Activity and interaction in #fslt13 open online course

The #fslt team sat down today and thrashed out the mid-level detail of how the four activities that are at the heart of this course will work this time and how badges will be awarded for completion of activities.

We had some principles to work with. Learning is dialogic. Everyone has the opportunity for peer feedback. Assessed and non-assessed participants will mix as equals. Peer feedback works best in small groups,  therefore feedback groups should have a max size of 5. Peer feedback has to be opt-in. It is an open course. You can make your own way through. We struggled over persistence of peer feedback groups. Benefits and detriments both ways, but we decided that we had to allow for all sorts of variable participation. If people want to self-organise a persistent group that could be done but the course default will treat each activity grouping independently. We wanted consistency in the interface We didn’t want to use a different subset of tools for each task. We know MOOCs are daunting and want to keep it as easy as possible for participants.

Peer feedback groups will be monitored. We have been fostering a group of expert participants. These are people who did the course last year, colleagues with teaching experience who are moving into line teaching, and experienced moocers. There are about 25 expert participants who will be helping us facilitate the process

We don’t know how many people will participate. Last year there were 200 of whom about 60 could be characterised as active. We may get half that. We may get 10 times that. We think it unlikely that more than 500 will participate. We expect the platform to be able to handle 5000. But we are not judging success by the numbers, except to the extent that the numbers we do have need to be accommodated well.

So: what will we do?

Activities 1 and 2: the initial reflective statement and the collaborative bibliography task will make use of the Moodle Workshop tool. Those who submit an item for the activity (document, blog post, forum post, etc) will have it assigned to up to four others, who have also submitted an item for the activity. We set the workshop tool to allocate 3 or 4 reflective statements to each person to provide peer feedback on. Completion of the Activity is signaled by submitting a reflection and providing comment on at least one other.

Activities 3 and four are more complex (Bloom’s taxonomy and all that). We will use the Group Choice tool in Moodle. The tasks will largely be undertaken synchronously in Collaborate. Asynchronous discussion will be available. We will set up nn slots in Collablorate at specific times between Monday 27 May and Wednesday 12 June. Each slot will be moderated by a tutor or Expert Participant. Each slot is 90 minutes. Each slot can accommodate 4 people. Participants sign up for a group that has a particular time slot. At the allocated time participants sign in and have 20 minutes each (10 minutes presentation, 10 minutes discussion). Participants “bring” their showcase item with them, share them and discuss them. At the end of the process each participant writes a 120 word summary reflection on the feedback they have received. Submission of this reflection triggers completion.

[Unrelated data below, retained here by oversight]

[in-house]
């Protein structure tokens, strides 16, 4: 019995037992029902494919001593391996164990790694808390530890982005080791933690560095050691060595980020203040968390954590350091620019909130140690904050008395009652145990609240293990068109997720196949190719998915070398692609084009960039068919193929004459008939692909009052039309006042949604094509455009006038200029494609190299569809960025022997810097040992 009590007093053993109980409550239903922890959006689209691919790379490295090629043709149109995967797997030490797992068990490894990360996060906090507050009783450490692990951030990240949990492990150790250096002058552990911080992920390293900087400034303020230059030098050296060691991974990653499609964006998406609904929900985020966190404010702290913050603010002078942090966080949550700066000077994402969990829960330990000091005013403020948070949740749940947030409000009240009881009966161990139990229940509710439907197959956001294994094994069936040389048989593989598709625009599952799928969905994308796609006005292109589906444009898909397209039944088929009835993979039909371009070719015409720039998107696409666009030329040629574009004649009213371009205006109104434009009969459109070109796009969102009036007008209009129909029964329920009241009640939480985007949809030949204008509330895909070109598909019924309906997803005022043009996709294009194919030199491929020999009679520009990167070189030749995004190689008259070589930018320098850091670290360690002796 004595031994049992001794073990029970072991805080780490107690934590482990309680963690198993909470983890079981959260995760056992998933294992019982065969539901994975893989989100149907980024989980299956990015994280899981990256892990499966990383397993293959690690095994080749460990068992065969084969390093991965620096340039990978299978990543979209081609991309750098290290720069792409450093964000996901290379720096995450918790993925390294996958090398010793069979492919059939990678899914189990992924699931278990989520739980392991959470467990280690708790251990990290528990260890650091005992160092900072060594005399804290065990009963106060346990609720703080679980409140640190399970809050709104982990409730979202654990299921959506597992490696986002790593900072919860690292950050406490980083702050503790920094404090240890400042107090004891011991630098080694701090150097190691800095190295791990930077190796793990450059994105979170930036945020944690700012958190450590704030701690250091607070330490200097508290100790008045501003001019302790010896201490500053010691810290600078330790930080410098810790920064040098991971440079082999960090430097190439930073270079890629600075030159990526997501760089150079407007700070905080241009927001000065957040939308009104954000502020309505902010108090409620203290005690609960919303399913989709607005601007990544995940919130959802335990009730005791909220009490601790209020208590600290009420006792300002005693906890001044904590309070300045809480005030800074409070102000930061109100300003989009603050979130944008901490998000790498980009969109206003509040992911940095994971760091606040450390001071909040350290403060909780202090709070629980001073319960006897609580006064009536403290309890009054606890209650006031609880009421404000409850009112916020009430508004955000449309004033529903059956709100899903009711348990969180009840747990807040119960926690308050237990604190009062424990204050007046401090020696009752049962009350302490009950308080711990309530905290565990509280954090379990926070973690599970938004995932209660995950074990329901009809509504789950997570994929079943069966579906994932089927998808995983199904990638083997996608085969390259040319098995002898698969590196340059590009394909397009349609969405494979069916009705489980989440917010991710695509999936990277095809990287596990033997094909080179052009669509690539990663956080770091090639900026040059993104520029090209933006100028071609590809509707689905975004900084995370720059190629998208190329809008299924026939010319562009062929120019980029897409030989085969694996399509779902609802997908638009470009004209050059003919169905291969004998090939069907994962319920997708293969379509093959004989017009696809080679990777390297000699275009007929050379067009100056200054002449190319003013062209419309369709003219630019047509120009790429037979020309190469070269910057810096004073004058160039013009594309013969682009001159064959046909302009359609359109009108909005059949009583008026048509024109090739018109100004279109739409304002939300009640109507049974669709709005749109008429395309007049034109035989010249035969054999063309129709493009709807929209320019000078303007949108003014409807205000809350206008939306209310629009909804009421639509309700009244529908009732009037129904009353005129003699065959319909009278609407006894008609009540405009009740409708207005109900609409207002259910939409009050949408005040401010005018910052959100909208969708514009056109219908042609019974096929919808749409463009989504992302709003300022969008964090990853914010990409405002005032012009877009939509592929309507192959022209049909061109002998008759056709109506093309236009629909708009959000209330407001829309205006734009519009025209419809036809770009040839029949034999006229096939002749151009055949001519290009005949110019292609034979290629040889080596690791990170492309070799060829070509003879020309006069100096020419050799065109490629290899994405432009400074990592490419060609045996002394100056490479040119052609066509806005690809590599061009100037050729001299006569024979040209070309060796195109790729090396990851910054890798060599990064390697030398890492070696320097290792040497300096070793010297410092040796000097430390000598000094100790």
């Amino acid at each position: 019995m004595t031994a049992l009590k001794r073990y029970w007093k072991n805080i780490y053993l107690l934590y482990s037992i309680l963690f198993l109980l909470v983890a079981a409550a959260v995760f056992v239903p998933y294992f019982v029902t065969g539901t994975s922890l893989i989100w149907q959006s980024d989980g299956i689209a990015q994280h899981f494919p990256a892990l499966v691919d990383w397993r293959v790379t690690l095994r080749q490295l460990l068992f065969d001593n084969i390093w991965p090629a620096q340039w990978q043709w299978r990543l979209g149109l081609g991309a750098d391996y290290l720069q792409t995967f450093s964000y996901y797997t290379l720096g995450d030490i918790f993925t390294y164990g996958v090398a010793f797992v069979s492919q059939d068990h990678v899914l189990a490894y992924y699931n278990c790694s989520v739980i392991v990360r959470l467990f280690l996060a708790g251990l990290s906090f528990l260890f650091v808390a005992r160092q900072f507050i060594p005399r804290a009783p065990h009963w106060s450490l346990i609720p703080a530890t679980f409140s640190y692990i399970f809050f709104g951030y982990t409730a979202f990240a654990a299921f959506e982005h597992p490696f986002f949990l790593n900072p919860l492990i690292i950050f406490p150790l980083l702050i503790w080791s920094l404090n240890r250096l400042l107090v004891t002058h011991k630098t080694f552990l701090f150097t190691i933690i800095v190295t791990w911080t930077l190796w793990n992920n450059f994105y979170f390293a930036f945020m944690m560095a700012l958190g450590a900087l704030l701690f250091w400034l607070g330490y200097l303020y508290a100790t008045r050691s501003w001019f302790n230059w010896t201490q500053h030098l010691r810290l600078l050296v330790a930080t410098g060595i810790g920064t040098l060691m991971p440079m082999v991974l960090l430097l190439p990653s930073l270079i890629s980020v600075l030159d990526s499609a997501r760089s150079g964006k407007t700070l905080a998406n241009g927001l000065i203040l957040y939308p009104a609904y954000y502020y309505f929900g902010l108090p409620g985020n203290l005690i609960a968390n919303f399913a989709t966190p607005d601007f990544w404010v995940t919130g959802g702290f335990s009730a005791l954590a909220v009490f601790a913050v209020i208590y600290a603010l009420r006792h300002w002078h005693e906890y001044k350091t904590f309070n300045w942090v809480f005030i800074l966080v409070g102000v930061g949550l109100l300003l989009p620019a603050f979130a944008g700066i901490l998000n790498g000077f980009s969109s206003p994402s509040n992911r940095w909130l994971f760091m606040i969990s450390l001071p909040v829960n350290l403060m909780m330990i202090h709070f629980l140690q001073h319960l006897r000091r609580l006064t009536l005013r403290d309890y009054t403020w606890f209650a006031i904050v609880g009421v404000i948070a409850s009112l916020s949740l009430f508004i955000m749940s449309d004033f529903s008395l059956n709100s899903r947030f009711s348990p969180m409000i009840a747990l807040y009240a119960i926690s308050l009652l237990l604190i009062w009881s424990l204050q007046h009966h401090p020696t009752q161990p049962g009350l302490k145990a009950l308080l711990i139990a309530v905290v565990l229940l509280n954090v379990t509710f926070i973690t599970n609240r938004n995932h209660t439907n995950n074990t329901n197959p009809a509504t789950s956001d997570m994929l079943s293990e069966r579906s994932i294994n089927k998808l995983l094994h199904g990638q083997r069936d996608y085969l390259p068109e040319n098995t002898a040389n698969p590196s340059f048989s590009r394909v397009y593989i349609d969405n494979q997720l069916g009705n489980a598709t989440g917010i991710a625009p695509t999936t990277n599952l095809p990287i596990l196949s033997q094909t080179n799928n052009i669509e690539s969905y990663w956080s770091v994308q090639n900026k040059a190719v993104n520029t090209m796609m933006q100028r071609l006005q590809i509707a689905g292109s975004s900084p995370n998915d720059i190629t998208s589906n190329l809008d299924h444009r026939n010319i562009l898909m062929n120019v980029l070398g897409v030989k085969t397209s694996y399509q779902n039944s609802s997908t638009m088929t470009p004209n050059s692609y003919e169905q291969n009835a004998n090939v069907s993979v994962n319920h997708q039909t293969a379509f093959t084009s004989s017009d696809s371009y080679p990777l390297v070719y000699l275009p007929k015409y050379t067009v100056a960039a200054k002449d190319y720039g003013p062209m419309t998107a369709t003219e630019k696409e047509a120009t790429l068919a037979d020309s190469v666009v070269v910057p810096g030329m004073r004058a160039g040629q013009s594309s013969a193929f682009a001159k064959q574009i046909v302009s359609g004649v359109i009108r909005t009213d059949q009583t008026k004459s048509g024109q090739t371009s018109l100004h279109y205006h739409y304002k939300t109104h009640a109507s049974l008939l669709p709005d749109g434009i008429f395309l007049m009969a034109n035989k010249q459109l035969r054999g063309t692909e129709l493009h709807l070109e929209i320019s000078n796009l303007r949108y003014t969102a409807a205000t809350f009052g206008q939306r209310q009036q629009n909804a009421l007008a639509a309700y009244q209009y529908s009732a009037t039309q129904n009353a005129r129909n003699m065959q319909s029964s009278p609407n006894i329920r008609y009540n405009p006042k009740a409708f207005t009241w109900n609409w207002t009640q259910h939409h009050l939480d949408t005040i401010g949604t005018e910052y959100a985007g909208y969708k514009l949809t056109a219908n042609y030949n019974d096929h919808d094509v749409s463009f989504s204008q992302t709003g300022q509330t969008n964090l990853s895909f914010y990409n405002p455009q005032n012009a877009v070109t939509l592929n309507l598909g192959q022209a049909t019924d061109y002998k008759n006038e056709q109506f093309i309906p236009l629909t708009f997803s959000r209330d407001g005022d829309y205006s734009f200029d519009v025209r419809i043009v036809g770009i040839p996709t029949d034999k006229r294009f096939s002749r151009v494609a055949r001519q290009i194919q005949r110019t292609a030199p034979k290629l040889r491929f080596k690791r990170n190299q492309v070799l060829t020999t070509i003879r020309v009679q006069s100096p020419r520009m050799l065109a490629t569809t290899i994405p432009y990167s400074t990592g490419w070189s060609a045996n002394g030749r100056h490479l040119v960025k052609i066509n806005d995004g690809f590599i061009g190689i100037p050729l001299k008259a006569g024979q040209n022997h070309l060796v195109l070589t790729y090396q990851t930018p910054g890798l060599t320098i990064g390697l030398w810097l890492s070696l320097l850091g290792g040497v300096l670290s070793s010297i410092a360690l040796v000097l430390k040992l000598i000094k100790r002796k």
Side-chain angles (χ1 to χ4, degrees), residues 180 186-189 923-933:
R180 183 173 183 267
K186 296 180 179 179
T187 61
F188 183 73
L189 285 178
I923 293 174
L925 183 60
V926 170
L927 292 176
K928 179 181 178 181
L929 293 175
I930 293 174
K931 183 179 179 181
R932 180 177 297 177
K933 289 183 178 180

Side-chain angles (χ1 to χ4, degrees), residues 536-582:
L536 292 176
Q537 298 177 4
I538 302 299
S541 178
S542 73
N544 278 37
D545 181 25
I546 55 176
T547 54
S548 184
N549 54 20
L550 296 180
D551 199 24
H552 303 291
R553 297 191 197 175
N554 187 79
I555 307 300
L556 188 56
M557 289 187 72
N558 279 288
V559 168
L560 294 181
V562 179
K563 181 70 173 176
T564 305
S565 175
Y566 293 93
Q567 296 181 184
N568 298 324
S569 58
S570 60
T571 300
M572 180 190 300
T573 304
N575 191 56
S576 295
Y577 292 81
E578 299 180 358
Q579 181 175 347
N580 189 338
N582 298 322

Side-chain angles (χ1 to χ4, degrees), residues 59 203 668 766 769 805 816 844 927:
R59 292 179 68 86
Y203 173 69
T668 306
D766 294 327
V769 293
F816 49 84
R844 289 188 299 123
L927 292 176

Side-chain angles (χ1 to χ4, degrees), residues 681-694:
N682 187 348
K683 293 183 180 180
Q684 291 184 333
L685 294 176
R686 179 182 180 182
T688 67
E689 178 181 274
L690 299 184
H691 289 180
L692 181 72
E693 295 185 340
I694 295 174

Badges will be awarded using the WP Badger plug-in for WordPress, which implements the Mozilla open badges framework, Mozilla Backpack and Persona. The trigger event in Moodle can be reported on. All people who complete the task such that the event is triggered can be exported as a CSV. There is a manual step. The emails from the report have to be pasted into the admin back-end of the WP Badger plug in. Then WP Badger mails the successful participants with a link for them to click on to collect their badge. The first time they do this they will need to create a Persona identity and a Backpack account.

References

  • Mackness, J., Waite, M., Roberts, G. & Lovegrove, E. (to be submitted 2013). Learning in a Small, Task-Oriented, Connectivist MOOC: Implications for Higher Education.  eLearning Papers
  • Lovegrove et al. (in progress) Moving online, becoming ‘massive’: turning the face-to-face ‘First Steps in Learning and Teaching in Higher Education’ into a MOOC. BeJLT
  • Roberts, G et al. (2013). x v c: Hybridity in through and about MOOCs. In Proceedings of OER13: Creating a Virtuous Circle. Nottingham, England (PDF 176k, x v c: Hybrid learning in MOOCs)
  • Waite, M., Mackness, J., Roberts, G., & Lovegrove, E. (under review 2013). Liminal participants & skilled orienteers: A case study of learner participation in a MOOC for new lecturers. JOLT

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